From personal experience (admittedly limited) I definitely agree to the "flat is better than nested". Having one update function with helpers, and not having any components with local state has made debugging at least 10x faster for me.

Adding features like an undo function was way easier with a flat structure.

Ed Ilyin

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Oct 21, 2016, 3:01:29 PM10/21/16
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Can you, please, provide an example?
When I do a component (like one page of my SPA), I dedicate a module for it. So, how can look a flat structure? Just Shared.elm, Main.elm, Update.elm and View.elm?

Wouter In t Velt

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Oct 22, 2016, 12:12:05 PM10/22/16
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Op vrijdag 21 oktober 2016 21:01:29 UTC+2 schreef Ed Ilyin:
Can you, please, provide an example?

In a SPA I am developing, I use a structure like:
Helpers.elm
Helpers -- folder with more helpers
 
Nav.elm -- helpers for navigation
 
Exam.elm -- helpers for updating the exam
 
Summaries.elm -- helpers (for view) to create a summary string from details
Main.elm
Model.elm
Msg.elm
Route.elm -- with routes the user can navigate to
Types.elm -- details of the stuff in the model
Update.elm
View.elm
Views -- folder with elm file per page, imported by view.elm
 
Today.elm
 
Exams.elm
 
EditExam.elm
 
PickExamDate.elm

Whenever I create a new page (let's say a page to see the entire calendar), I usually modify stuff in the following order:
  • add a route in Route.elm
  • add a type in Types.elm (if needed)
  • modify my Msg (if needed)
  • modify update.elm, 
  • add another view file in the view folder, 
  • and import this file in my main view.elm file.
Flat helps me to only change what is needed: Often a new page I want is just another view of the same data. So I do not need a new model, and I do not need to change the model, I only need a new view function. And a very simple change to the update function, to enable navigating to the new page.

I was very much inspired by the Time Tracker SPA (see here), which may also be a good place to look at a flat structure.

Previously, I had one exam component, with its own model, update and view. Each exam had a list of dates.
When I wanted to create a page that showed a calendar, and for each date, show the exams for which the user plans to study, I realised my component structure broke down.
-- before (nested)

type
alias Model =
 
{ exams : List Exam }

type
alias Exam =
 
{ subject : String
 
, studyDates : List Date
 
}

-- now (flat)

type
alias Model =
 
{ exams : List Exam
 
, studyDates : List StudyDate
 
}

type
alias Exam =
 
{ id : Int
 
, subject : String
 
}

type
alias StudyDate =
 
{ studyDate : Date
 
, exam : Int -- id only
 
}

Hope this helps!

Dave Thomas

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Oct 22, 2016, 12:26:02 PM10/22/16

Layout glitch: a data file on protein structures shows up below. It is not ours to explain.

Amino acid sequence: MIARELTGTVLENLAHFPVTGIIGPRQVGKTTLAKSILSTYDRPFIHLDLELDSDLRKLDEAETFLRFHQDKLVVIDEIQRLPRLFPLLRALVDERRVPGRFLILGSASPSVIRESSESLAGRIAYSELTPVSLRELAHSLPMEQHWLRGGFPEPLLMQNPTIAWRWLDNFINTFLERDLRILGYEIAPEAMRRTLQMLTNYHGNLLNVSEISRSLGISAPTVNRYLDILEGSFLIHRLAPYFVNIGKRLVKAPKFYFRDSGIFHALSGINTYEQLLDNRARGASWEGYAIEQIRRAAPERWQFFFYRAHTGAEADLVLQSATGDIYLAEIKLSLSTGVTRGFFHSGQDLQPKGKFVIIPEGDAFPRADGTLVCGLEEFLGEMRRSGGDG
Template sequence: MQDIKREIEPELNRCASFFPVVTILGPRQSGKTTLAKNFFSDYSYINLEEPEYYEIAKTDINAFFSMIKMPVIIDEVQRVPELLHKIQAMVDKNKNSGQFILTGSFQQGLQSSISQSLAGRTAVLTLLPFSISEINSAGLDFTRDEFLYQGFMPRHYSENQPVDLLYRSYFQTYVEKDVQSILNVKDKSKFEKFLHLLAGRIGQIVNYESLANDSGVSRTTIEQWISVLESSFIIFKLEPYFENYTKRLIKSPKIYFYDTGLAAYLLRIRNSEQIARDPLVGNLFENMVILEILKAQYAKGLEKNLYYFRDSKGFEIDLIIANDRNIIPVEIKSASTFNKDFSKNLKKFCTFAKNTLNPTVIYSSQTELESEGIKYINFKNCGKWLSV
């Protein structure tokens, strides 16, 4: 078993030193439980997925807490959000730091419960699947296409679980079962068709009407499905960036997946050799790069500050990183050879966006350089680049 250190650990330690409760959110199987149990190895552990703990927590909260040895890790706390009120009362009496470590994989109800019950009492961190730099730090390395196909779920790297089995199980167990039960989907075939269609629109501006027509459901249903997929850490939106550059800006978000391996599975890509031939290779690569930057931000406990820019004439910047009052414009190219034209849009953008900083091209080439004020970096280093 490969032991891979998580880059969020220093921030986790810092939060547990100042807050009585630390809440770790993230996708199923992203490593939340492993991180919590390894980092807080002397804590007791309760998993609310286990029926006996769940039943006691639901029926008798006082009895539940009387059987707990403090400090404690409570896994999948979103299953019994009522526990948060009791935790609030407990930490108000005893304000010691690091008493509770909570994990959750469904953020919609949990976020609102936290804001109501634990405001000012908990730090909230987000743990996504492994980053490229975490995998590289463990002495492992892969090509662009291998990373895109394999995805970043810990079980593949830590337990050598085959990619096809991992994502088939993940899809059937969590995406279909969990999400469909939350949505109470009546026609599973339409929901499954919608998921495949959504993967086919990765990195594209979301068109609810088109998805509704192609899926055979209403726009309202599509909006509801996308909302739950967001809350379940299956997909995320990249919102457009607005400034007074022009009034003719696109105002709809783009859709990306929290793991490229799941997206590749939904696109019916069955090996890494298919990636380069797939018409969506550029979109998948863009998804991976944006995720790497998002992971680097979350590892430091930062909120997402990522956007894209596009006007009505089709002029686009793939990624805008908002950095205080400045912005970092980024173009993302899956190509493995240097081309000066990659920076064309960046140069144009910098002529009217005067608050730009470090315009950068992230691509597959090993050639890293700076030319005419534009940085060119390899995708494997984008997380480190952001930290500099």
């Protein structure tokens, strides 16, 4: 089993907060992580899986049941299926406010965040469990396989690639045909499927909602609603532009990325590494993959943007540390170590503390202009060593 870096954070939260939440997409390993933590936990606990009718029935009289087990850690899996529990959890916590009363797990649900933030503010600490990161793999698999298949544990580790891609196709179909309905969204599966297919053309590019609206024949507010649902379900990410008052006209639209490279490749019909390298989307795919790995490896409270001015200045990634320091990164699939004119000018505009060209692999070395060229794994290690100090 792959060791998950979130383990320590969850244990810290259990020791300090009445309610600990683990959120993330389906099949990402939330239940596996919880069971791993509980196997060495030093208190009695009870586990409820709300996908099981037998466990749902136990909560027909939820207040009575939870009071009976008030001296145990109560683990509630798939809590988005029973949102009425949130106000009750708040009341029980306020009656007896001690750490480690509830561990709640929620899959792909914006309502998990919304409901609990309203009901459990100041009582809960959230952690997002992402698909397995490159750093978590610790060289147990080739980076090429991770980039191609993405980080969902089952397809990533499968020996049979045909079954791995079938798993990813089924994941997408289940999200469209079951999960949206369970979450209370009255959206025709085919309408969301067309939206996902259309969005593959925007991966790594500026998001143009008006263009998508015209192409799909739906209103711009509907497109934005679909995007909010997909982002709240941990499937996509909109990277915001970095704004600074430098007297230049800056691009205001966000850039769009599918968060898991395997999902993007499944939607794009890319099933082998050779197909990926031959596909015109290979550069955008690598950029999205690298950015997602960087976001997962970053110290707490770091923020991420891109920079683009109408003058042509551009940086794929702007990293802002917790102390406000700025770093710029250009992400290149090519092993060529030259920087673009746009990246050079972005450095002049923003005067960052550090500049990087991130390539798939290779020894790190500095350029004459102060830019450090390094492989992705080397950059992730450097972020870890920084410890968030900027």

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Hi I wrote that article as a general overview of how I structured a single page app after reviewing different approaches, and relying on some of my knowledge of what worked for me in F# too.  Having the code structured in functions residing in modules made it really easy to update a specific part of the app, and also to refactor parts that needed it.  The hardest part was actually getting webpack to work with bootstrap4!


On Monday, October 17, 2016 at 7:41:23 PM UTC+1, Marcus Roberts wrote:
Is this article (and the one it refers to) taking a good or bad approach to program structure?


I copied the structure as a way of seeing how a program might perhaps be broken down, but it feels like a very component based approach, given each level has its own update function.  I learnt a fair bit about mapping between message types, so it was useful.

I've broken my app down into pages using this structure, and so each page has a view, model, etc.  Then the top level model has a model record for each page.  This seems to work as it means the page doesn't need to know how it's being used at the level above.  But the general conversations I see suggests this is not the right way to go and to break things down more into modules of related code.    So I guess back to the original question, is this structure a good way to work? 



On Mon, Oct 17, 2016 at 7:50 AM, Peter Damoc <pda...@gmail.com> wrote:
update is a function that takes a message and a model and produces the updated version of the model. In some cases, update also can produce some requests for more input (http requests, requests for random numbers, ports requests) this is why the top level update has (Model, Cmd Msg) as return. 
Internal updates however, might not need these requests and can be simpler. 
What you see in the repository you linked is a pattern of nesting "components" that is currently passively discouraged.  (there use to be a set of examples around this but they are gone). 

The official recommendation around scaling is to focus on breaking the functionality into functions:
https://guide.elm-lang.org/reuse/



On Mon, Oct 17, 2016 at 12:00 AM, clouddie <contact....@gmail.com> wrote: